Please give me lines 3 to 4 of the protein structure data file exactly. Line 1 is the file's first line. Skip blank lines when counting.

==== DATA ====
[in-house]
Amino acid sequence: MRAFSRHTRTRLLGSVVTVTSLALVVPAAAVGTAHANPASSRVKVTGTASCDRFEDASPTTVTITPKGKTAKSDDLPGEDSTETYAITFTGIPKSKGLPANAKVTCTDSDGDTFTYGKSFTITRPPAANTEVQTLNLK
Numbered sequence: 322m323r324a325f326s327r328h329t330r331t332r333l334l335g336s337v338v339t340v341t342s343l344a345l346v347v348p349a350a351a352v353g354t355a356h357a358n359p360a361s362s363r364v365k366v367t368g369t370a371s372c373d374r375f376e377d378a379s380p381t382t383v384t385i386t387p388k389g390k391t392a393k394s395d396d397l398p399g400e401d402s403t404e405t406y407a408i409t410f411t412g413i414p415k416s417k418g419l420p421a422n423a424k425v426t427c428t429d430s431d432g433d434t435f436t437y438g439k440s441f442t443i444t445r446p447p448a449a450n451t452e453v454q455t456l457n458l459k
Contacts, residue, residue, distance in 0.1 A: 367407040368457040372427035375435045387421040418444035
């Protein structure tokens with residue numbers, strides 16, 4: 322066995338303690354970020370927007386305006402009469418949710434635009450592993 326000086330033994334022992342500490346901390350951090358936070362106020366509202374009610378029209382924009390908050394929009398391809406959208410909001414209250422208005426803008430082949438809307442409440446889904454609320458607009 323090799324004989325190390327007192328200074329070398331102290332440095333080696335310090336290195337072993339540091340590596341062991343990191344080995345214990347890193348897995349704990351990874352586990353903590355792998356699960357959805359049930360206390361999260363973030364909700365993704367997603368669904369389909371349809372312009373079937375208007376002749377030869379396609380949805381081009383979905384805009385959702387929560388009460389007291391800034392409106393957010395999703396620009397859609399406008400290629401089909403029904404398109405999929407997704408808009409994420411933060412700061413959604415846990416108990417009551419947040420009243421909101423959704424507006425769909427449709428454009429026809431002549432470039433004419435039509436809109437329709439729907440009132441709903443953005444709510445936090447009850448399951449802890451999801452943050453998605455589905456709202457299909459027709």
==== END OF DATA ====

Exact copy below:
Numbered sequence: 322m323r324a325f326s327r328h329t330r331t332r333l334l335g336s337v338v339t340v341t342s343l344a345l346v347v348p349a350a351a352v353g354t355a356h357a358n359p360a361s362s363r364v365k366v367t368g369t370a371s372c373d374r375f376e377d378a379s380p381t382t383v384t385i386t387p388k389g390k391t392a393k394s395d396d397l398p399g400e401d402s403t404e405t406y407a408i409t410f411t412g413i414p415k416s417k418g419l420p421a422n423a424k425v426t427c428t429d430s431d432g433d434t435f436t437y438g439k440s441f442t443i444t445r446p447p448a449a450n451t452e453v454q455t456l457n458l459k
Contacts, residue, residue, distance in 0.1 A: 367407040368457040372427035375435045387421040418444035